How come you native English speakers began to use 'how come...?' to ask why? I'm interested in the origin of the phrase 'how come...?' because it is a little away from usual English grammar. Not before long I had a talk with other Japanese people over it in a web forum for English learning but didn't get a conclusion. The OED is suggesting this sentence started among American colonialists and it was originally a shortened form of 'how [did it/does it] come (about) that...'. But some Japanese people disagreed to it and argued that it might have the origin in a German phrase 'wie kommt's (dass)..?'. I still don't know which opinion is right. Could anyone give comments on this? Also I'd like to know if there is any difference in usage or/and meaning between 'how come ...' and 'how comes it that...'. Thank you in advance.

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From Gabe:

The phrase how come? has always bothered me. I was thinking it meant, "HOW does it COME to be?" Please help.

That's exactly what how come? means. Surprisingly, it is American in origin, at least in that form. It dates from the middle of the 19th century, and its first recorded form is in Bartlett's Dictionary of American English: "How-come? rapidly pronounced huc-***, in Virginia. Doubtless an English phrase, brought over by the original settlers, and propagated even among the negro slaves. The meaning is, How did what you tell me happen? How came it?"

Its predecessor in England was how comes it that...? That phrase was used by Shakespeare in 1607, in his Coriolanus: "How com’st that you haue holpe To make this rescue?" However, he was not the first to use it; we find it first recorded in 1548 by Hall in Chronicle: "How commeth this that there are so many Newe Testamentes abrode?"

Google: etymology "how come"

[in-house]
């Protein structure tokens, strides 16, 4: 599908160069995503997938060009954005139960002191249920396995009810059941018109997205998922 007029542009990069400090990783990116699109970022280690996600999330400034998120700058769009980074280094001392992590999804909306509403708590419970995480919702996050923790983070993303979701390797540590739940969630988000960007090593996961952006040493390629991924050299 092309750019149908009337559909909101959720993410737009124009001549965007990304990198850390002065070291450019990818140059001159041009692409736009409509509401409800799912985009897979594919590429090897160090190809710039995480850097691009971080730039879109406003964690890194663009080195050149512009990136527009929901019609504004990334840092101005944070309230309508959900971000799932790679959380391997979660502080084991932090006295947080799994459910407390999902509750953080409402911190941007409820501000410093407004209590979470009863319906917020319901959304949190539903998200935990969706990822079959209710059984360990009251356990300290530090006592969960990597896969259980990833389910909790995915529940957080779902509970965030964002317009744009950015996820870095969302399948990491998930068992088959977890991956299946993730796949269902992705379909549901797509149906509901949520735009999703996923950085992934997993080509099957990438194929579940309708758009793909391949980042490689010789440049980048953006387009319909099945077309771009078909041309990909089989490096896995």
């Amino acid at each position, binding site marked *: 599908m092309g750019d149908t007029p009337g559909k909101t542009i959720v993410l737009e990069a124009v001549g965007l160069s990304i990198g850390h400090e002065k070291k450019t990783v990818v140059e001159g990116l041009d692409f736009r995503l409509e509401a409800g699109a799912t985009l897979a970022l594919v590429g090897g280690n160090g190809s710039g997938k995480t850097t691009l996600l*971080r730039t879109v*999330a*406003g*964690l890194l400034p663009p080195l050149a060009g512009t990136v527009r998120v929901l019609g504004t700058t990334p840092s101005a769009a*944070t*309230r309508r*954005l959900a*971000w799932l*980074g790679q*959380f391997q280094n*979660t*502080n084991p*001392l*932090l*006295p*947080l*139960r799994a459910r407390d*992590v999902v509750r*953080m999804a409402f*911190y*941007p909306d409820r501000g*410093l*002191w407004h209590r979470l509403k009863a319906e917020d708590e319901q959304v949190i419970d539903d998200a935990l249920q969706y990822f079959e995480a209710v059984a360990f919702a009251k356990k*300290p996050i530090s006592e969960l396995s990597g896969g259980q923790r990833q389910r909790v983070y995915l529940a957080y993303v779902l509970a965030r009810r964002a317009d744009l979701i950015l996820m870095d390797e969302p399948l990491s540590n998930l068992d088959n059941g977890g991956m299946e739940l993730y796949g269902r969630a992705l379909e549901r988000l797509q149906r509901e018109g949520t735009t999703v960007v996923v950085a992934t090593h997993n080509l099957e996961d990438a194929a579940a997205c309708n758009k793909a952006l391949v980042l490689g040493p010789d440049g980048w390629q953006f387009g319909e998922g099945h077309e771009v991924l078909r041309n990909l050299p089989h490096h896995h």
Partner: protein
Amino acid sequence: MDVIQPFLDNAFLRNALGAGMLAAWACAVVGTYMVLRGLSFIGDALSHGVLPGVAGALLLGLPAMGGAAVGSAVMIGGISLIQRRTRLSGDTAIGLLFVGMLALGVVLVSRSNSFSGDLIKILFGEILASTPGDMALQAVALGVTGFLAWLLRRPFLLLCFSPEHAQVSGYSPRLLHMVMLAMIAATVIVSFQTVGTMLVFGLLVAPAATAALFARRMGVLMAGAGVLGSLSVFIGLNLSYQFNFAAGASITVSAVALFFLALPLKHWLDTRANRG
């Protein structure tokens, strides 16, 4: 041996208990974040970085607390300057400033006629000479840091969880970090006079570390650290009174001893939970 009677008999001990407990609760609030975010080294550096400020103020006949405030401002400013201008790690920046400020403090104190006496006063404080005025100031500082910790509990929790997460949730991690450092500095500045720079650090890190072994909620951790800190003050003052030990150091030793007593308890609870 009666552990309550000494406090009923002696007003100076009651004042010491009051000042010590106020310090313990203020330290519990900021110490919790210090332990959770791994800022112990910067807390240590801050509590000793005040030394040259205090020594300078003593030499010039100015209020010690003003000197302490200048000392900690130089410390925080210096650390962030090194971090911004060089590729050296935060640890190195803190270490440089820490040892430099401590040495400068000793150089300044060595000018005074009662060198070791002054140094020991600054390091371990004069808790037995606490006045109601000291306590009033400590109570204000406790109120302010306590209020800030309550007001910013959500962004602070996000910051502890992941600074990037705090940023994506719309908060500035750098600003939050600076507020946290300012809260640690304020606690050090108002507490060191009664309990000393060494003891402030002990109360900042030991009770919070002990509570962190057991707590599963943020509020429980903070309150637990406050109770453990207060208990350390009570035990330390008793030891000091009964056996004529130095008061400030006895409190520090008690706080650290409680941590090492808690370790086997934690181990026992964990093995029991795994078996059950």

You may find even more information.

Thank you CJ for the quick response.

I found the site and other one. Likely this phrase is not related to German.

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Hello Paco, hello CJ

The use of 'come' doesn't seem surprising, with this meaning. But the different forms are interesting. We have:

1. Gabe: 'how come'.
2. Gabe's respondent: 'how came it...'
3. Shakespeare: 'how com'st that...'
4. Hall: 'how commeth this...'

Gabe proposes elliptical 'HOW does it COME to be', to explain the irregular s-less form.

Gabe's respondent sidesteps and switches to the regular 3rd person 'came'.

The Shakespeare quote also uses a regular 3rd person s-form: 'how com'st' = 'how comes it that' (the position of the apostrophe seems authentic, but S. presumably didn't mean 'how comest that').

The Hall quote uses 3rd person 'commeth': regular.

So 2, 3, and 4 still leave us with the mystery of the missing s, while making Gabe's proposal seem less likely. (It would be strange if an elliptical 'how come' had evolved, when a regular 'how comes it' already existed; though not impossible.)

Perhaps those laconic settlers simply dropped the S. Cf 'howdy', 'how do'.

(Has anyone ever studied the influence of tobacco-chewing on early Virginian English, I wonder.)

Hello Mr P
It would be strange if an elliptical 'how come' had evolved
Yes, it is the main point mysterious to me. My guess is the s-less 'how come' was a pidgin English spoken among slaves and the children of the colony owners learned it from their nurses.

pidgin English

You may have something there.

Our two positions: tobacco-pickers vs tobacco-chewers.

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By the nineteenth century, the auxiliary "do" was already universally used in preference to the older SV inversion, so maybe "how come" is not a short version of "how comes it that" but of "how does it come that".

Whether this comment is relevant to your discussion remains to be seen!

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Ah! Good point.
Perhaps it comes from the Dutch "hoekom", which is pronounced remarkably similar to the American "how come", and which means "Why?"

Did we borrow it from the Dutch-speakers in New Amsterdam, perhaps?
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